In this type of long-term projects, the costs incurred by the contractor cannot be matched against the advance payments received. Materials purchased may still be held as assets; hence they cannot be appropriated to match the cash collected. Doing so could distort the presentation of income in future periods.

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(5) Recognizing revenue under the Percentage of Completion method

This method is often preferred over the completed contract method since costs are properly identified and segregated to maintain proper monitoring. The aim is to make sure that the project is still operating within the projected budget.

Any variables or losses suffered due to unforeseen economic events will be charged against the portion considered as unearned revenue. Hence the revenue subsequently recognized will be adjusted accordingly.

In addition, the project performance is specifically identified and the corresponding revenue received will be protected by the agreement between the contracting parties. Any additions to the portion completed will cover another formal deed of agreement.

(6) Revenue recognition under Brokerage Agreement

There are brokers who handle all their customers’ transactions as if they all inure to the business, which tends to reflect substantial amounts in terms of Gross Sales but results to very little gross profit. This method to be proper should observe certain proprietary rules if the broker intends to work clearly along the guidelines of both the IRS and the SEC.

Purchases shall be made from out of the broker’s funds but will be accompanied by an agreement between broker and customer about reimbursements, including service charges, administrative costs, and other related expenses like transportation or fees paid. This means there will be no demand for substantial advance payment just to perform the brokerage service.

In doing so, the broker is taking the risks involved in conducting his business; risks may include defective merchandise or non-reimbursements from customers that could entail additional costs for lawsuits.

This way, the broker retains title to the goods procured on behalf of the client and the transfer of both title and ownership is only upon receipt of the reimbursements, professional fees, and charges due to the broker. Accounting for revenue recognition method can be clearly defined by the receipt of cash at this point and will be able to stand scrutiny from both the IRS and SEC.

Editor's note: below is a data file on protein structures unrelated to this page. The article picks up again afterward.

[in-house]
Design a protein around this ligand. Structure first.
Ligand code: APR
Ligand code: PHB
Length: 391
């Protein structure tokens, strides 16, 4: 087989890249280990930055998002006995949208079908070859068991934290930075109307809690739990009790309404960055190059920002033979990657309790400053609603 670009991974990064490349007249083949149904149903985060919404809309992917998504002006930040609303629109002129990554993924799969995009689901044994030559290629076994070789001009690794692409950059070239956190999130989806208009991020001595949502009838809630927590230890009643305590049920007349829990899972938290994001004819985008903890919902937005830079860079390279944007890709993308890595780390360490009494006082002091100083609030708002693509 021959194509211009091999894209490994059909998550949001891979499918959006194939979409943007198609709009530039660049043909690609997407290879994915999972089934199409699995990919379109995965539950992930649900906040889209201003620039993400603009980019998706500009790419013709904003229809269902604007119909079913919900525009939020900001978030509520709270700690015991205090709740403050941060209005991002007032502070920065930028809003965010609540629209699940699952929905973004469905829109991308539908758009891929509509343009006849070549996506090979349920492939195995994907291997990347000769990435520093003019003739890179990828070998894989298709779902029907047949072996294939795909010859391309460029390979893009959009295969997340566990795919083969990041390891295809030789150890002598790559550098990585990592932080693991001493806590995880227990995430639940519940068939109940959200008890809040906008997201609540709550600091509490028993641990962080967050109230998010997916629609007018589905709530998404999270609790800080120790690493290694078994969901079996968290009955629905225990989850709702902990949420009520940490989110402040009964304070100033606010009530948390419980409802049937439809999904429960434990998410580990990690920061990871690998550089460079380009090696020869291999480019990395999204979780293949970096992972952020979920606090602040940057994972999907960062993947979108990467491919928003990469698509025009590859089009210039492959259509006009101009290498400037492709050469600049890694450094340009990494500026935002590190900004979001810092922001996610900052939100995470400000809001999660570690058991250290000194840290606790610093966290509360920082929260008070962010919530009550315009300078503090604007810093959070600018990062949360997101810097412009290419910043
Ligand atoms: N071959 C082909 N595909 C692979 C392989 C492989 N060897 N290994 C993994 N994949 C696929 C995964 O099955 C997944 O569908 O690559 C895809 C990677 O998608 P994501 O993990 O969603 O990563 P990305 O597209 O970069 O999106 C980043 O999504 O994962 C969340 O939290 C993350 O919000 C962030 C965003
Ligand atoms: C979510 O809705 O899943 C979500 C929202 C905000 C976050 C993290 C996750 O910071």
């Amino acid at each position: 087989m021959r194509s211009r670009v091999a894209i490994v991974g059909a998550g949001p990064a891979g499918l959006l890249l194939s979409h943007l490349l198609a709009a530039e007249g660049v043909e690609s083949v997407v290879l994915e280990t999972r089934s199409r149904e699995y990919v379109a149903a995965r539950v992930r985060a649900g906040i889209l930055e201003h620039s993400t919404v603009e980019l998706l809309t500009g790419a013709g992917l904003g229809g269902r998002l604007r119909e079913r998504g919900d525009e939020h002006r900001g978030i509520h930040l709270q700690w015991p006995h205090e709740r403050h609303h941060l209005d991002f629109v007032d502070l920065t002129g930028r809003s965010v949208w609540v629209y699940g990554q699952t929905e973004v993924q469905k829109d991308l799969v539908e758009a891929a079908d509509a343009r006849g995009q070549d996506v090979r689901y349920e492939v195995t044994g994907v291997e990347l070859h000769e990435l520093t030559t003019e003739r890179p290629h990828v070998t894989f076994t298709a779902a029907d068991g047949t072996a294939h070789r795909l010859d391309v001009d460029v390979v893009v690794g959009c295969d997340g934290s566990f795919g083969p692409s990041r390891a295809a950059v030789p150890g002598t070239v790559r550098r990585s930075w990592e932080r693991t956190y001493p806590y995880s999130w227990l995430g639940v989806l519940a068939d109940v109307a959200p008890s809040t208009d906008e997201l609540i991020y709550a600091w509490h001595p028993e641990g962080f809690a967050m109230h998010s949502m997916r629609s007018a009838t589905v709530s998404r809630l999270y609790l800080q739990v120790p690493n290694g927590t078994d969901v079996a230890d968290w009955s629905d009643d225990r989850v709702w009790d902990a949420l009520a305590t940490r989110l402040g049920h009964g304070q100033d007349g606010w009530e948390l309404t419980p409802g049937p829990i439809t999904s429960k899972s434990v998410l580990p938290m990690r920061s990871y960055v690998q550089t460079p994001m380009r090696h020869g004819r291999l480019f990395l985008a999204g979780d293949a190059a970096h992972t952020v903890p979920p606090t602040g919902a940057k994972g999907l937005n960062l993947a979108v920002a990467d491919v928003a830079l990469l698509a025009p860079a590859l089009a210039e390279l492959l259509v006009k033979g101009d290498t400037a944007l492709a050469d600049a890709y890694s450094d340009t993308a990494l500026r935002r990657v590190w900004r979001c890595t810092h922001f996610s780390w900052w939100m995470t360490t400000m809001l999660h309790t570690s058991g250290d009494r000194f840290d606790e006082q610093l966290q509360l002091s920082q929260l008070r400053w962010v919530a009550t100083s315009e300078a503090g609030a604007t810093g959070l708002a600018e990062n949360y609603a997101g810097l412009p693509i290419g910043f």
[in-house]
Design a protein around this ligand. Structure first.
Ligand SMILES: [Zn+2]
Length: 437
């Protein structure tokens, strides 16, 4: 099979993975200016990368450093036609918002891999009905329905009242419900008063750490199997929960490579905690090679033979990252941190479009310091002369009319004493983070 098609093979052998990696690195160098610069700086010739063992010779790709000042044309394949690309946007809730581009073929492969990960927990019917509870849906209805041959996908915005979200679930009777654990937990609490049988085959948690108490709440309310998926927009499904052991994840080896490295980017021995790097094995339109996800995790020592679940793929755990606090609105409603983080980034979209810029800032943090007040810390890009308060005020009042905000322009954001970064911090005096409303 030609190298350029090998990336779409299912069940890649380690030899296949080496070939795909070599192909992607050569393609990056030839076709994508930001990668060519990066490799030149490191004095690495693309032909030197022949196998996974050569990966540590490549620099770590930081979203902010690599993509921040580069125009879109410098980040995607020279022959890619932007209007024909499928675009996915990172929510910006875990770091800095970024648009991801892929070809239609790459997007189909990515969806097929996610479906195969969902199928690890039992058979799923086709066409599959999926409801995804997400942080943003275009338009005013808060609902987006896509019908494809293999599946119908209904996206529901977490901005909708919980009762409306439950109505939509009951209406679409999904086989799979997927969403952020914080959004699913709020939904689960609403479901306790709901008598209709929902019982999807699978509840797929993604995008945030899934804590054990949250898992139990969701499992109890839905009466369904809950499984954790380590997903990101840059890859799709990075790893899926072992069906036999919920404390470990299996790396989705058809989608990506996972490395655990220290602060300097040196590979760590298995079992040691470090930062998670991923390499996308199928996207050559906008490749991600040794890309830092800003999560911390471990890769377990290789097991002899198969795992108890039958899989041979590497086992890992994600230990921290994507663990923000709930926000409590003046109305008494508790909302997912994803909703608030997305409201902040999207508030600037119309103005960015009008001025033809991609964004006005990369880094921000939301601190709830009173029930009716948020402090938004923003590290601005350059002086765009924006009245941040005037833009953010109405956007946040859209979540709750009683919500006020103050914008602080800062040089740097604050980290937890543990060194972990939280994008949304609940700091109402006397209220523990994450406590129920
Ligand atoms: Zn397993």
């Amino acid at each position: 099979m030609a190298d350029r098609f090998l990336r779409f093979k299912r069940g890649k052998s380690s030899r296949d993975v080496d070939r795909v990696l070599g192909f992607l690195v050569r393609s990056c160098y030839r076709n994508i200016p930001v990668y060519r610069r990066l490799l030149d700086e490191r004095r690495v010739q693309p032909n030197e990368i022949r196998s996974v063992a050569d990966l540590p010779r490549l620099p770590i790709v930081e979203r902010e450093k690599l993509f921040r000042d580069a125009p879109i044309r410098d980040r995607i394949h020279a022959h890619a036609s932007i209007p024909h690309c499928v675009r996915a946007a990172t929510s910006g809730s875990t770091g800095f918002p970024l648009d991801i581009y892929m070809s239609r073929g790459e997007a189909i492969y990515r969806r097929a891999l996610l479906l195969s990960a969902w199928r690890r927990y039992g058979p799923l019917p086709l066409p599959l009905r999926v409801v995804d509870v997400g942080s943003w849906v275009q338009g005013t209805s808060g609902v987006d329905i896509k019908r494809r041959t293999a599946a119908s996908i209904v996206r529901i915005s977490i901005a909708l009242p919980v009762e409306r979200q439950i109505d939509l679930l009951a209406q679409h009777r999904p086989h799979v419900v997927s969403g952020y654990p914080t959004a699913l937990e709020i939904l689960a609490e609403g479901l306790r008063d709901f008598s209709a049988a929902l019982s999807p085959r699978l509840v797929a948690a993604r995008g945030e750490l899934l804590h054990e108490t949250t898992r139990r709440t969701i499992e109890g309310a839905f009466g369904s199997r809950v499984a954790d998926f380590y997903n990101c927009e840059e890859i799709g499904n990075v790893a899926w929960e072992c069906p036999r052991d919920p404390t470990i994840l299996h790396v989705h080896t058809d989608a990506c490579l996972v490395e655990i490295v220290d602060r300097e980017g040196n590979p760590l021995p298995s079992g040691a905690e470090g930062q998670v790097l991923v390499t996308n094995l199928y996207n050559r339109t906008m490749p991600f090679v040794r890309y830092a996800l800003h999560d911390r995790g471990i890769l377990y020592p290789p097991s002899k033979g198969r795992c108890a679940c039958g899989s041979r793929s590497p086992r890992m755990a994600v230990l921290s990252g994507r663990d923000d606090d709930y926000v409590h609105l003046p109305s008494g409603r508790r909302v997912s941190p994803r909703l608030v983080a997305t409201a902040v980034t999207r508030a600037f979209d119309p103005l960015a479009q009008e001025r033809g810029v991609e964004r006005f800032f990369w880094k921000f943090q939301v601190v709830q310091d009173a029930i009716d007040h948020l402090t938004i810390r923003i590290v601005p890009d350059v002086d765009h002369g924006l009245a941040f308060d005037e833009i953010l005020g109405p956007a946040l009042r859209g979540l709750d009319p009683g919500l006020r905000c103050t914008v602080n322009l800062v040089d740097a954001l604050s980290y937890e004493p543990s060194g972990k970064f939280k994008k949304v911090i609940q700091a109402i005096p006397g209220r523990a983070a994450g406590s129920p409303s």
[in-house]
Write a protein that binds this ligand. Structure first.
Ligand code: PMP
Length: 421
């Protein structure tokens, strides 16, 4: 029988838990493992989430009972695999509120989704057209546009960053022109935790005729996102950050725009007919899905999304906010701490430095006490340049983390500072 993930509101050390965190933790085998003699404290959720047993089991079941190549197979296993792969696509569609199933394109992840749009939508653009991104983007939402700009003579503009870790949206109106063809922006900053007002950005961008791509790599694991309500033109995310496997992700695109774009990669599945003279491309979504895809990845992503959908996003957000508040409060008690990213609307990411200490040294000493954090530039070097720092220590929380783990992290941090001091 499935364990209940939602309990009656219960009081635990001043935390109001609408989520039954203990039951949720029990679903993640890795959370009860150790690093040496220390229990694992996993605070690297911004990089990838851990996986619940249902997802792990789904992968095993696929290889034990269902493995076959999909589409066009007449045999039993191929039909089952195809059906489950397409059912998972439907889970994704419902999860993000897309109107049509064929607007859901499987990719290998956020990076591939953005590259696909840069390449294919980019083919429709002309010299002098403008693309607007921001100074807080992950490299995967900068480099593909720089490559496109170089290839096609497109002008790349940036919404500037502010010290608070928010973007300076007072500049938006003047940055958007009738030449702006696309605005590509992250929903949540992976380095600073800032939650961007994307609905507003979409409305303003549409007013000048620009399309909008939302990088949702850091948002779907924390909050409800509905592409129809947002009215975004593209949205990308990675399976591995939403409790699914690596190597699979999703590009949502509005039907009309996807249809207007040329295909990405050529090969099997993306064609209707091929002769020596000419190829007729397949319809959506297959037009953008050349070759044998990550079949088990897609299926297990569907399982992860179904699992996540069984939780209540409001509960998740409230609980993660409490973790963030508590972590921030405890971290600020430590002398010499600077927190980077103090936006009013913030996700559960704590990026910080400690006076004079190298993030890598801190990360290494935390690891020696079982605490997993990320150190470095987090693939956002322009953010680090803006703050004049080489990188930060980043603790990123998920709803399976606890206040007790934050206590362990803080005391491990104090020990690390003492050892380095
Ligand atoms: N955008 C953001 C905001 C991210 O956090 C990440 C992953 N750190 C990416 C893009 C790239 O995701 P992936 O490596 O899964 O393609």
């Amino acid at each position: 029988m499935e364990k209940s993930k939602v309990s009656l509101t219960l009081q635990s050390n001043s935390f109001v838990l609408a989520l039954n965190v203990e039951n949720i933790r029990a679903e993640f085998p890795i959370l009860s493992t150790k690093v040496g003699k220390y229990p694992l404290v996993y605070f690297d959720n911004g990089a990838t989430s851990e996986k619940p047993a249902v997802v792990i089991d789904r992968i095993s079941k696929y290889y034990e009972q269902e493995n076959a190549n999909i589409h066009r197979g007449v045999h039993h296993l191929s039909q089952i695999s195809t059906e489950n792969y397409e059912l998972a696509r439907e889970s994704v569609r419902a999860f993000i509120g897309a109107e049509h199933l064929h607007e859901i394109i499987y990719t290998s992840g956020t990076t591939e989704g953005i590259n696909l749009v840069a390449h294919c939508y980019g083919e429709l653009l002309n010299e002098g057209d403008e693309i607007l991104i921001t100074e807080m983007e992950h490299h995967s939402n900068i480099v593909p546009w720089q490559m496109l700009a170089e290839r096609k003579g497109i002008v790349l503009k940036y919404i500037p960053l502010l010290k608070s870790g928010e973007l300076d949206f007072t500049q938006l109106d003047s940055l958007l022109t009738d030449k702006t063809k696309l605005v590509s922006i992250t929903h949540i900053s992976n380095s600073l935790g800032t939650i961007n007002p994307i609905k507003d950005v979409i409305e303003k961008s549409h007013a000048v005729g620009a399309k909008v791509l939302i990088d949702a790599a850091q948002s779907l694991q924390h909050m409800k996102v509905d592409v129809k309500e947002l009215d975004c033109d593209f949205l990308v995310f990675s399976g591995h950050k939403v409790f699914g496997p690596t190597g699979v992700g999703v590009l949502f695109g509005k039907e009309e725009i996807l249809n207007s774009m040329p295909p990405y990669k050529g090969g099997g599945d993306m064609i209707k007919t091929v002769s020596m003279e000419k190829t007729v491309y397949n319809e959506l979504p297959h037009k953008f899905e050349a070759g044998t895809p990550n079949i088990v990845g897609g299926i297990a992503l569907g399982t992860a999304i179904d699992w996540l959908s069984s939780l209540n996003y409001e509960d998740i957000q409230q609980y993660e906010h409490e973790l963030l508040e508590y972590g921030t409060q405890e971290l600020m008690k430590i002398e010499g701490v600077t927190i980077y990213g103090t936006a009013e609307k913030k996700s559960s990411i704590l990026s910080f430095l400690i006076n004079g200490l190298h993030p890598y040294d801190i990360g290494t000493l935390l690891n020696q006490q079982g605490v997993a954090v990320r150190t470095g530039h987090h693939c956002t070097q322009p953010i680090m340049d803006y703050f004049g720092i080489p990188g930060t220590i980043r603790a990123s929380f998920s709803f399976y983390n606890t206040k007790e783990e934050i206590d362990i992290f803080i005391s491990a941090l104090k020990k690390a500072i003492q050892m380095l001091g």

In the event that the customer reneges on his commitment, the broker has the right to sell the procured goods to recover his cost as well as profit from it to allow loss or revenue realization. At the same time, the broker can still sue the customer because the selling of the goods did not extinguish the client’s liability for breach of contract.

(7) Revenue recognition under Appreciation method

Appreciation refers to the increase in value of the products or goods held by the company for a main trade. Real estate, for one, includes inventory of property that appreciates in value but is not allowed by any rule to recognize any increment unless the property is sold.

Through this method, there is no other way for the real estate agent to lessen the gain recognized from selling the property sold at its appreciated value. The costs of maintaining the property could likewise be treated as capitalized costs and will be properly treated as expenses once the property is sold at its appreciated price. Thus the increment and the capitalized costs will all be taken into account upon revenue recognition which is at the point of delivery and acceptance of title as well as the receipt of payment.

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(8) Recognizing revenue under Proportional Performance method

Recognizing profits under this method is a modification of the percentage of completion method, where costs incurred cannot be assigned to a specific portion of the amount completed but instead allow for estimation in order to recognize the gains. This is usually applied by those providing software-related services.